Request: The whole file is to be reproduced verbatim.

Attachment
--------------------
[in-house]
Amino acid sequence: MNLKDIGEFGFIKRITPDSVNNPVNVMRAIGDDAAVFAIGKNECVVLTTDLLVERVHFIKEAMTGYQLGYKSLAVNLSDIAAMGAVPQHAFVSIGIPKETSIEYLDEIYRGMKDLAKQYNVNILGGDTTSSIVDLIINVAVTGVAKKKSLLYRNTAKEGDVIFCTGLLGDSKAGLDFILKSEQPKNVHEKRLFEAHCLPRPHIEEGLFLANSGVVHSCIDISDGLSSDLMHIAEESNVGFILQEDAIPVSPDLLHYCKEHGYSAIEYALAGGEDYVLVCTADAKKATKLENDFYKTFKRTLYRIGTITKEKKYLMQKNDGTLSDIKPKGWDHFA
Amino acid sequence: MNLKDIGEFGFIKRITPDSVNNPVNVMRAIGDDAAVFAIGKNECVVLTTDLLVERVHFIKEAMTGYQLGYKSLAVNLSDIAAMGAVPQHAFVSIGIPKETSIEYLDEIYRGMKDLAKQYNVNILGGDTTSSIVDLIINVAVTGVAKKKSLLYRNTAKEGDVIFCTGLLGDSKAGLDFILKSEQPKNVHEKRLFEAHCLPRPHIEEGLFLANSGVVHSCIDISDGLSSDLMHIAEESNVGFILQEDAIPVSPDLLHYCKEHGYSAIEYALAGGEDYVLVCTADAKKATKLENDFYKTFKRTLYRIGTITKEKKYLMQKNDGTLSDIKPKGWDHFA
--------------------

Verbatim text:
[in-house]
Amino acid sequence: MNLKDIGEFGFIKRITPDSVNNPVNVMRAIGDDAAVFAIGKNECVVLTTDLLVERVHFIKEAMTGYQLGYKSLAVNLSDIAAMGAVPQHAFVSIGIPKETSIEYLDEIYRGMKDLAKQYNVNILGGDTTSSIVDLIINVAVTGVAKKKSLLYRNTAKEGDVIFCTGLLGDSKAGLDFILKSEQPKNVHEKRLFEAHCLPRPHIEEGLFLANSGVVHSCIDISDGLSSDLMHIAEESNVGFILQEDAIPVSPDLLHYCKEHGYSAIEYALAGGEDYVLVCTADAKKATKLENDFYKTFKRTLYRIGTITKEKKYLMQKNDGTLSDIKPKGWDHFA
Amino acid sequence: MNLKDIGEFGFIKRITPDSVNNPVNVMRAIGDDAAVFAIGKNECVVLTTDLLVERVHFIKEAMTGYQLGYKSLAVNLSDIAAMGAVPQHAFVSIGIPKETSIEYLDEIYRGMKDLAKQYNVNILGGDTTSSIVDLIINVAVTGVAKKKSLLYRNTAKEGDVIFCTGLLGDSKAGLDFILKSEQPKNVHEKRLFEAHCLPRPHIEEGLFLANSGVVHSCIDISDGLSSDLMHIAEESNVGFILQEDAIPVSPDLLHYCKEHGYSAIEYALAGGEDYVLVCTADAKKATKLENDFYKTFKRTLYRIGTITKEKKYLMQKNDGTLSDIKPKGWDHFA